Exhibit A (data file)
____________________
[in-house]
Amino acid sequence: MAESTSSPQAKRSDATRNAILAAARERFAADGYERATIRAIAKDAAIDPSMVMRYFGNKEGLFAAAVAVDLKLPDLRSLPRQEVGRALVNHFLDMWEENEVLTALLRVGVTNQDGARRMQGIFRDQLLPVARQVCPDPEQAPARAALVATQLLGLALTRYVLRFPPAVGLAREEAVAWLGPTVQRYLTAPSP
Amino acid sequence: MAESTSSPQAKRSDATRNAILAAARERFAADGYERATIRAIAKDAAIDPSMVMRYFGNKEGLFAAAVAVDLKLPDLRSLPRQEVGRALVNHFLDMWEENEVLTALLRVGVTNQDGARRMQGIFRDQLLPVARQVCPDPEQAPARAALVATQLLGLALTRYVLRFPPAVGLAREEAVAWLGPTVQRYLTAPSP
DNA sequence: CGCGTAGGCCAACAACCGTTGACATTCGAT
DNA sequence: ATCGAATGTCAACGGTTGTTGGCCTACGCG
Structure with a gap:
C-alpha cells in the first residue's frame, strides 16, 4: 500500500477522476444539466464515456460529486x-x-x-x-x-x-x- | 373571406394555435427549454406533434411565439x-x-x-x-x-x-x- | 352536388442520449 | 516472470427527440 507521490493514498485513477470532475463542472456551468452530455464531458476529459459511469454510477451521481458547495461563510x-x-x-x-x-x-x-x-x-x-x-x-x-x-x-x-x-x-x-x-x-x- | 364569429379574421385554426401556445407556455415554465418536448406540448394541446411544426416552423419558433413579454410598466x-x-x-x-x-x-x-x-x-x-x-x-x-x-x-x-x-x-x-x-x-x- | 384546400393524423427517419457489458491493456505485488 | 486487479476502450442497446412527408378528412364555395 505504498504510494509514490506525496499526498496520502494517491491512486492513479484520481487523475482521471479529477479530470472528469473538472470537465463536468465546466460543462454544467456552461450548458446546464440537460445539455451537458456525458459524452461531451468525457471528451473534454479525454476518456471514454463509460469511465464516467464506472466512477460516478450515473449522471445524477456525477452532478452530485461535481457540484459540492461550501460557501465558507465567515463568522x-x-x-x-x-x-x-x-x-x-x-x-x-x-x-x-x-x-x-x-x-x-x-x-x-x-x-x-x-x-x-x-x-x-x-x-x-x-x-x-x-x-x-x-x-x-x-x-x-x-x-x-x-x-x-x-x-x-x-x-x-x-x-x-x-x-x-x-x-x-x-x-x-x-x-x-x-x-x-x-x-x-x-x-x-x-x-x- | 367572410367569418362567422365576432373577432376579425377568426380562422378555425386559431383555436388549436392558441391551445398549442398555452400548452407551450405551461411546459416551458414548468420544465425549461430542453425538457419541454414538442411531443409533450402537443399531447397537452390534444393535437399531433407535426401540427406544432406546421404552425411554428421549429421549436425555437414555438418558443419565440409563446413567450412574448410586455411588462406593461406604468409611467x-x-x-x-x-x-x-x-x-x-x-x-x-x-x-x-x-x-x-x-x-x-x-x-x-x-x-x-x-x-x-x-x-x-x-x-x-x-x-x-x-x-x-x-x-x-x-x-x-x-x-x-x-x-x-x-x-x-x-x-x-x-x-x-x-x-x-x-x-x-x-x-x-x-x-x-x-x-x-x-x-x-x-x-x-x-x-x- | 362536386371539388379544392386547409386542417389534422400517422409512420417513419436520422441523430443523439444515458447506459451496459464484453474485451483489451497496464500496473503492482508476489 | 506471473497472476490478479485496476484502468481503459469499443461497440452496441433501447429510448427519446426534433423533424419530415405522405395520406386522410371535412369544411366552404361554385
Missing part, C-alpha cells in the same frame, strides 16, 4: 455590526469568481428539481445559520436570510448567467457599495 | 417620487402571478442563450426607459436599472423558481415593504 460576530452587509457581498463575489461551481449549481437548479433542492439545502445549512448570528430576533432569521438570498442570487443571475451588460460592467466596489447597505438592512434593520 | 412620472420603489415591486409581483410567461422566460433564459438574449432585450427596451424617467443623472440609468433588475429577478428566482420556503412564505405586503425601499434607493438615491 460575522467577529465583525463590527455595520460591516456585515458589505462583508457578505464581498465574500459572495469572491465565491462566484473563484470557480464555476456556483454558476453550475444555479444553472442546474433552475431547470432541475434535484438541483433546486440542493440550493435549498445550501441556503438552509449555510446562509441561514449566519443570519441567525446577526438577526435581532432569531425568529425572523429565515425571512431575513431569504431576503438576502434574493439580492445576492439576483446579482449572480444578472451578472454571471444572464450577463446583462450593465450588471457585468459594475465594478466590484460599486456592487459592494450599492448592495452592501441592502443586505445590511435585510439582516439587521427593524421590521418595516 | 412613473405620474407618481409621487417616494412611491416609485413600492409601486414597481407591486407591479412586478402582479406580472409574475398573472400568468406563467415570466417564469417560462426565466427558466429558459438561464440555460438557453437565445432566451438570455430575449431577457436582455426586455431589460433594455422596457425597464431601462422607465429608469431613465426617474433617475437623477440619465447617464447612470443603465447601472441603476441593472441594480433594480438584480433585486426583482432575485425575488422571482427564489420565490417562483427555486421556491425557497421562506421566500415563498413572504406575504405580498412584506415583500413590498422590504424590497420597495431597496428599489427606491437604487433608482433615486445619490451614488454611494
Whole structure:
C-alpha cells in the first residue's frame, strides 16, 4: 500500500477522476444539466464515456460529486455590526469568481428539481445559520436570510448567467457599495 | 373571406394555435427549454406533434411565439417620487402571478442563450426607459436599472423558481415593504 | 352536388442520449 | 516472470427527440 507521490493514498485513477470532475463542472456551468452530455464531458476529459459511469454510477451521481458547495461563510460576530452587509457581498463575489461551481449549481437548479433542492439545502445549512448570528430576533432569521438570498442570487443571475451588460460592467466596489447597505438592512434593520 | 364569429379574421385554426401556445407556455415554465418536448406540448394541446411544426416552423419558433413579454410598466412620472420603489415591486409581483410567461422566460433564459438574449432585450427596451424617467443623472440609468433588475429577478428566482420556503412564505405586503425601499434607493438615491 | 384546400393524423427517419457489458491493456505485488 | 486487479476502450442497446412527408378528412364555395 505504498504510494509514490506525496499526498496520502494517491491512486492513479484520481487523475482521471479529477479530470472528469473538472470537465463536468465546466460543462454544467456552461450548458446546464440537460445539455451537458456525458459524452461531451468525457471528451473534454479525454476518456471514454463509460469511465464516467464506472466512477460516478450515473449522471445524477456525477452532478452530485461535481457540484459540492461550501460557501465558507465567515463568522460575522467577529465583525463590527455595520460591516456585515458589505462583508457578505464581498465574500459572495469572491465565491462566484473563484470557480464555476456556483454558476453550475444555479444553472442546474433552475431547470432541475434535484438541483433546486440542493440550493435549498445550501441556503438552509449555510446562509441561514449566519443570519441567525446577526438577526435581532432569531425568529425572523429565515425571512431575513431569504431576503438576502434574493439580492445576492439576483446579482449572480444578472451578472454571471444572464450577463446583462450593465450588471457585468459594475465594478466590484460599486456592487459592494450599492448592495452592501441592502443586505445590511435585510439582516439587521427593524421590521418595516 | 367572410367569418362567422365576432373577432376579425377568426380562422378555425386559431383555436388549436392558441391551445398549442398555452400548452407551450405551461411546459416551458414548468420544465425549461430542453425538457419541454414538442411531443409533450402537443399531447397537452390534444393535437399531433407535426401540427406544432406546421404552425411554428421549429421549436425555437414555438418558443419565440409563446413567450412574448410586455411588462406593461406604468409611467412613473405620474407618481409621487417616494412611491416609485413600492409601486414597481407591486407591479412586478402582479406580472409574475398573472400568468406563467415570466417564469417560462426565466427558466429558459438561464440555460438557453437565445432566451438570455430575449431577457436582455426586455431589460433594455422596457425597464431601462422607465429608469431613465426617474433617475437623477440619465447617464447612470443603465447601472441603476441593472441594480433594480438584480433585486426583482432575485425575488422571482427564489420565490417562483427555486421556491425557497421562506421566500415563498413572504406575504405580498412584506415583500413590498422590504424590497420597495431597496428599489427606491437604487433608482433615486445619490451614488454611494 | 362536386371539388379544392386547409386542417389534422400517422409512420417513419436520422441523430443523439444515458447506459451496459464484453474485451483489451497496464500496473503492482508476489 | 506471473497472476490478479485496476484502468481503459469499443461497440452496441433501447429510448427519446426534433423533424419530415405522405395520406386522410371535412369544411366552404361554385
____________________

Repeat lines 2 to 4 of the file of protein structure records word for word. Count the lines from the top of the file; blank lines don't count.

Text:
Amino acid sequence: MAESTSSPQAKRSDATRNAILAAARERFAADGYERATIRAIAKDAAIDPSMVMRYFGNKEGLFAAAVAVDLKLPDLRSLPRQEVGRALVNHFLDMWEENEVLTALLRVGVTNQDGARRMQGIFRDQLLPVARQVCPDPEQAPARAALVATQLLGLALTRYVLRFPPAVGLAREEAVAWLGPTVQRYLTAPSP
Amino acid sequence: MAESTSSPQAKRSDATRNAILAAARERFAADGYERATIRAIAKDAAIDPSMVMRYFGNKEGLFAAAVAVDLKLPDLRSLPRQEVGRALVNHFLDMWEENEVLTALLRVGVTNQDGARRMQGIFRDQLLPVARQVCPDPEQAPARAALVATQLLGLALTRYVLRFPPAVGLAREEAVAWLGPTVQRYLTAPSP
DNA sequence: CGCGTAGGCCAACAACCGTTGACATTCGAT